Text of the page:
Conductor – Andrew Bisantz
Stage Director – David Lefkowich
Original Production – Anthony Besch
Set and Costume Designer – Peter Rice*
Lighting Designer -Paul Hackenmueller
Projected English Titles – Kelley Rourke
Wig and Makeup Designer – Jason Allen
Cast in order of vocal appearance
Angelotti – Anton Belov
A Sacristan – T. Steven Smith
Mario Cavaradossi – Diego Torre*
Floria Tosca – Jill Gardner
Baron Scarpia – Bradley Garvin*
Spoletta – Neal Ferreira
Sciarrone – Taylor Horner*
Jailer’s Son – Ryan Williams
A Jailer – Fred S. Furnari
It has been interesting to see Boston Lyric Opera’s production of Puccini’s Tosca just a few weeks after seeing Opera Boston’s production of Beethoven’s Fidelio, just down the street at the Cutler Majestic Theater. The two operas, in their very different ways, invoke a powerful atmosphere of political repression — the world in which everyone lives, the trap that everyone is caught in, the air that everyone breathes — and in both cases a woman at the center of things wreaks havoc with the status quo. Kierkegaard, writing about Mozart’s Don Giovanni, says that music is by nature seductive and thus that Mozart had found the perfect subject — seduction — for music drama to spin out and reflect upon. The music of Fidelio seduces our better, aspiring selves into acceptance of a good and persistent and forceful woman character, and acceptance of the idea that the desire for liberation on the part of the oppressed can be answered, that the blazing sun can break through. The music of Tosca seduces some other part of us — baser? more realistic? — into the recognition, the feeling, of corruption at all levels of the working of the world, all levels of human motivation. This sense of things does not preclude beauty or the full-throated expressiveness of those who long for happiness. And Tosca is the great opera of Rome, bella Roma, which Puccini evokes with love, using the same chromaticism as for evoking the sinful twists and turns of human nature, letting the bells toll and the church choirs sing out, surprising us with oriental-sounding harmonies that suggest the multi-ethnicity of the great ancient city.
Boston Lyric Opera’s production was a great success, as audiences realized. I saw the final night, and there was murmuring among the staff and also among audience members who had attended more than once, that this was the best performance of the run. The production was adapted from the Scottish Opera, and much good sense, dramatic conviction, and imagination were shown, evidently in the Scottish Opera original and certainly in the Boston adaptation. The original setting of the 1900 Tosca is the early nineteenth century, with rumors of Napoleon’s approach as a liberator from oppression. The present production, like others before it, moves the time to Mussolini-era Italy, and this works very well. The evil chief of police, Baron Scarpia, and his minions look appropriately scary in their Fascist, Nazi-like uniforms — this more recent instance of political terror is easier for an audience to relate to than Napoleonic Europe, which has now an aura of romance about it. The sets, beautifully lighted, are magnificent and drew applause on their own — the interior of the vast church of Sant’Andrea della Valle; Scarpia’s Palazzo Farnese office with its high marble walls and grand windows and now touches of 1920s furniture; the top of the Castel Sant’Angelo tower with the great statue of Saint Michael, here set up for executions and for photographing the corpses under an arc light. The diva Floria Tosca and the painter Mario Cavaradossi, her lover, looked quite appropriate in the high-end bohemian clothes that prosperous and popular artists would wear in the 1920s — less barrier here than with quaint early-nineteenth-century attire.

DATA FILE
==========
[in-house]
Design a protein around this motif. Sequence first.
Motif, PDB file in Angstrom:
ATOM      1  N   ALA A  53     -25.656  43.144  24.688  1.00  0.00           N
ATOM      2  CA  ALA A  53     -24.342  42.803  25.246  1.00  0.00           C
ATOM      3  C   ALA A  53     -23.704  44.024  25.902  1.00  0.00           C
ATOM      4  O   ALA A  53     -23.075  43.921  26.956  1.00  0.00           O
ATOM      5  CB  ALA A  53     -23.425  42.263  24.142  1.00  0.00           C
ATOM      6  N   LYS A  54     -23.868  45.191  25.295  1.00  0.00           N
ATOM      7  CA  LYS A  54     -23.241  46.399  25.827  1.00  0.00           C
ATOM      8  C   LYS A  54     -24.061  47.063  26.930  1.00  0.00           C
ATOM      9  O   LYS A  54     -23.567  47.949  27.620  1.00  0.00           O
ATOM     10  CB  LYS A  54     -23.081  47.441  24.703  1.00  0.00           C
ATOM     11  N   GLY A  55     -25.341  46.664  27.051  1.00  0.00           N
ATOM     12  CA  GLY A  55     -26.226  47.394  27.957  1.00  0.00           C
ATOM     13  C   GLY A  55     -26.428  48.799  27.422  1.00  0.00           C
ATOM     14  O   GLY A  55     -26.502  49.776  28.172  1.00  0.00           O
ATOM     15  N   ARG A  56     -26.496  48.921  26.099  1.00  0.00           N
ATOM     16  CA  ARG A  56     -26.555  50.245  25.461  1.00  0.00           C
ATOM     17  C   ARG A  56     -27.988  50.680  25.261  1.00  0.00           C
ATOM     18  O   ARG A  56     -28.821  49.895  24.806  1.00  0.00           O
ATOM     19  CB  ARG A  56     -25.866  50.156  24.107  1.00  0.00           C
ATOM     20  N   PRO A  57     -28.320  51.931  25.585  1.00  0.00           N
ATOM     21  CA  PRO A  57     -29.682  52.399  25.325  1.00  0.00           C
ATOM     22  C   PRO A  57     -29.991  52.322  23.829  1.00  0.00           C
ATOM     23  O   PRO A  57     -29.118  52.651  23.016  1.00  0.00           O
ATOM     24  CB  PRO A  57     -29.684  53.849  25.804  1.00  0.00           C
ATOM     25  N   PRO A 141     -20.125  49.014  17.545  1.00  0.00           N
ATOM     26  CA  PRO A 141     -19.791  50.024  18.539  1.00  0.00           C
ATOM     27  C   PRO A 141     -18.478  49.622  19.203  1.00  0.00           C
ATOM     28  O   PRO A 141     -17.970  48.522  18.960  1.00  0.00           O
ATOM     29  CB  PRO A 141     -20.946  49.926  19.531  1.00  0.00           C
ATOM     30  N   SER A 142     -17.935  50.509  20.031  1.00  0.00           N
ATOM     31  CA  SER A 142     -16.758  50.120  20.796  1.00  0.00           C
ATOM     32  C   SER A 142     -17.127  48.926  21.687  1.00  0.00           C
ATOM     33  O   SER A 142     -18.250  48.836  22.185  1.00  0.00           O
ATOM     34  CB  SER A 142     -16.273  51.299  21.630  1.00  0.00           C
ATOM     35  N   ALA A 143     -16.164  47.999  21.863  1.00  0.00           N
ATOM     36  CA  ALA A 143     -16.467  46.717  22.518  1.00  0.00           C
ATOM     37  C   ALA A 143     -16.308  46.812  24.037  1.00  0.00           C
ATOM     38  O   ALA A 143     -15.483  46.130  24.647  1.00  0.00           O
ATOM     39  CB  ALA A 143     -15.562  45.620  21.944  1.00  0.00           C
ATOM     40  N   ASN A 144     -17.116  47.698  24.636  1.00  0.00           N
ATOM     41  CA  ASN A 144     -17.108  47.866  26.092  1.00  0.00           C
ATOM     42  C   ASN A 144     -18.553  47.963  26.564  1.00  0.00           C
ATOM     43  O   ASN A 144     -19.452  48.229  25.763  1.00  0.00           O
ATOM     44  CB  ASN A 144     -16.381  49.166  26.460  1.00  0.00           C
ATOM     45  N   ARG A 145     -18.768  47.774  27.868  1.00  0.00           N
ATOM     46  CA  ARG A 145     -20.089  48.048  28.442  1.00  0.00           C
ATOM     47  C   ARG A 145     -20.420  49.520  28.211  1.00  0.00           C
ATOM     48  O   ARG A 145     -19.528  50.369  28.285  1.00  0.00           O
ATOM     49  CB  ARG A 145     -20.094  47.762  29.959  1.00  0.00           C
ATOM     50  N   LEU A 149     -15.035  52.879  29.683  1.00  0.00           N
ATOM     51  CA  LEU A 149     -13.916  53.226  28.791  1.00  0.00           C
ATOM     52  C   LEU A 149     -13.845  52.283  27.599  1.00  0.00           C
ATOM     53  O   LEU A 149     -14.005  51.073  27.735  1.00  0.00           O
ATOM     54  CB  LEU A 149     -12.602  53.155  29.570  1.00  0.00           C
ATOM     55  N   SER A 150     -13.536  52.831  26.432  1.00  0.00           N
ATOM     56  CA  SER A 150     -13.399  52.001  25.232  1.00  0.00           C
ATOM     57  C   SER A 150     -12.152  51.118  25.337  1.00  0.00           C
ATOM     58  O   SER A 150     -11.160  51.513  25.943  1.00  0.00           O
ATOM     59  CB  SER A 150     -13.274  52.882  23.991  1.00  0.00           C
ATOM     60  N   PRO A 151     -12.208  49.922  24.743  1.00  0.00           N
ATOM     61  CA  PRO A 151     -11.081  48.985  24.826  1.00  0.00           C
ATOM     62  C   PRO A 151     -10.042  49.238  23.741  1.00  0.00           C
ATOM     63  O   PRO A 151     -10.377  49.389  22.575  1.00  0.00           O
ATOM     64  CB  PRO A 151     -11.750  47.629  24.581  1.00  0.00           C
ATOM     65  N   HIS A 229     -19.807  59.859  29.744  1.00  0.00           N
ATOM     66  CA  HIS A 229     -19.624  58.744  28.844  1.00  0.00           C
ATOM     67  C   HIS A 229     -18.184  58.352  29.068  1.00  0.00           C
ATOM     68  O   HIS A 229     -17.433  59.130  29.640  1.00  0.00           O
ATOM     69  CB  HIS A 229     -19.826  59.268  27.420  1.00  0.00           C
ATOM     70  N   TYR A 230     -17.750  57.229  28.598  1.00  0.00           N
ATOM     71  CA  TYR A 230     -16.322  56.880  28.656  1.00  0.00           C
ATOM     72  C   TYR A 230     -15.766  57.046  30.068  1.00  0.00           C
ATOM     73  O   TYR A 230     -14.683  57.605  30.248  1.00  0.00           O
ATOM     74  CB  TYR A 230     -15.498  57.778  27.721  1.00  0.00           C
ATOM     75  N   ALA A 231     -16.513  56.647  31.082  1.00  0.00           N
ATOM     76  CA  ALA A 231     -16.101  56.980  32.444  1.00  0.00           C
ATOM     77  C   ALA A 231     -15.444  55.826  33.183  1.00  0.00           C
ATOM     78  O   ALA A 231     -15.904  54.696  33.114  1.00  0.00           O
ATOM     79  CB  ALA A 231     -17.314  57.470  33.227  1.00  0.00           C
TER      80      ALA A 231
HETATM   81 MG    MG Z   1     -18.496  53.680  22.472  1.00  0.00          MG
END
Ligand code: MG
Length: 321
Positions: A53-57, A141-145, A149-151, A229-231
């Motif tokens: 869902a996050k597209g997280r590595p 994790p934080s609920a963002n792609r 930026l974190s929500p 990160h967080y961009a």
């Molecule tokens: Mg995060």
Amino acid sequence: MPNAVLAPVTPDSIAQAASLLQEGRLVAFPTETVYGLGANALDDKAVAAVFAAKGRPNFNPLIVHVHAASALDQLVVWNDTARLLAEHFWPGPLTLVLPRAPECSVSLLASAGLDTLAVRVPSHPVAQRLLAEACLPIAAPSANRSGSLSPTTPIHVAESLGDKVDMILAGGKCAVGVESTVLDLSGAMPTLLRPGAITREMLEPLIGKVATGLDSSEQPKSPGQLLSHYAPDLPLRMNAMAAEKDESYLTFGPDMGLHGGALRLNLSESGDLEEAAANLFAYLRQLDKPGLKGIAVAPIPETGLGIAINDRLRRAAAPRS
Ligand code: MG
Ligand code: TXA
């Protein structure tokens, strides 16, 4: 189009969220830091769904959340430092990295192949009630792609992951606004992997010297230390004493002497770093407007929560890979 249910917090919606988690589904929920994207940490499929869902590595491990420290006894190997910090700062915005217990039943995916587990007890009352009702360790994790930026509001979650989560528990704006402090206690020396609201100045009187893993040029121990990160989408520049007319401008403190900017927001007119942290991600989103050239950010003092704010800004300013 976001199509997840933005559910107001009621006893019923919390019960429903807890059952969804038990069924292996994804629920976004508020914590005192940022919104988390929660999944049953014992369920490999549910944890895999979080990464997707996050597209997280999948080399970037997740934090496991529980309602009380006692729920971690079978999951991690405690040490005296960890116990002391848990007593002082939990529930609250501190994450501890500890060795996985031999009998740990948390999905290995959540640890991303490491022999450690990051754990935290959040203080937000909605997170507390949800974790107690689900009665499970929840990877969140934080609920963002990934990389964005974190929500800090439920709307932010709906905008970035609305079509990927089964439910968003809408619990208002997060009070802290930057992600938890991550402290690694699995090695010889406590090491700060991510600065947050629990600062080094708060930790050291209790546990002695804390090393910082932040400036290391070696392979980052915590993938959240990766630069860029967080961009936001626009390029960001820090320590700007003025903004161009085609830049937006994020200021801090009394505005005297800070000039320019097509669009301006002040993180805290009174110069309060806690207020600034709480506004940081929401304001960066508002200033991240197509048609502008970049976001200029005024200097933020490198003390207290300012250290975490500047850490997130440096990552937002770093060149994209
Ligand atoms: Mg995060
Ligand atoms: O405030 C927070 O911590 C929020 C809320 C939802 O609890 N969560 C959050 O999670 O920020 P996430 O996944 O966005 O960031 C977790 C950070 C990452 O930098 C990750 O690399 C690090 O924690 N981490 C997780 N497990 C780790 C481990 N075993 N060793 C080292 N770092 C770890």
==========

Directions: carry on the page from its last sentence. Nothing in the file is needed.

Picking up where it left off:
This drama, like any good one, can take various inflections, and the BLO production was compelling because every role had dramatic focus, and, even more important, the group as a group had dramatic focus. The singers, conductor, and orchestra were living for a time in a world they all believed in. Jill Gardner’s Tosca is a fallible woman constantly surprised and thrown by what happens to her, constantly evolving, finding new sides to herself, becoming something new at every point. In Act I she seems rather frivolous, showing jealousy toward her lover, her voice a bit one-dimensional — one seemed to hear mostly the treble end of the spectrum. In Act II her voice gained in voluptuousness as she worked through her scene with Scarpia, realizing what she is being forced to in giving up a political secret and giving up her self to rape, then realizing that something now in her will say no and commit violence. Gardner sang the great set piece “Vissi d’arte” splendidly, stopping time in the intense ongoing scene, remembering her identity as a singer, now all but lost in what the world is doing to her and making of her — the world of a love affair and jealousy; the world of violent politics where one cannot be careful enough; the world of a monster with power, whose sights are now set on one. In Act III Gardner seemed almost crazed, trying to bring off a fantastic escape with her lover, and suffering absurdities and reversals that compound out of control — finally taking an astonishing back flip off the parapet. Tenor Diego Torre has the ideal voice for Cavaradossi — big, thrilling, with sufficient Italianate plangency and flexibility. He is not tall and striking in looks, but immediately established himself with his vocal command and stage presence. Here was a man who loved his work painting, had a bit of a roving eye for women, and sympathy for revolution when fired by his political friend in need — in short, a man with love for “life,” as he puts it in the famous Act III aria on the execution ground, “E lucevan le stele,” stunningly put across like everything Torre sang, right from the beginning. In this production Tosca and Cavaradossi do not seem to be soul mates or destined great lovers, but strong individuals absorbed in their own identities, having come together with a certain excitement, and finally ready to go to great lengths for each other in face of what the world catches them up in. Baritone Bradley Garvin as Scarpia was tall and imposing, grand of voice, adept in drama — the perfect embodiment of the “normal” — in a crazy world — established powerful figure who is at bottom a rapist and killer. Everybody moved about the stage well, focused on being who they were, as well as on singing splendidly. This goes for all the cast: baritone Anton Belov as Angelotti the escaped political prisoner who draws everybody into hope and trouble; bass-baritone T. Steven Smith as the Sacristan, kindly but very ready to cooperate with the evil powers that be; boy soprano Ryan Williams, mopping up blood at the beginning of Act III and introducing what follows in a melancholy and accepting mood. The orchestra sounded full and fine. Conductor Andrew Bisantz deserves much credit, one feels sure, for all the dramatic coherence and vitality. He does not stress the long line and build-up, but focuses on the character and details of each moment — which suits this production’s sense of people caught in an ever-changing and unpredictable maw of history. Puccini’s contemporary Joseph Conrad called it “the horror.”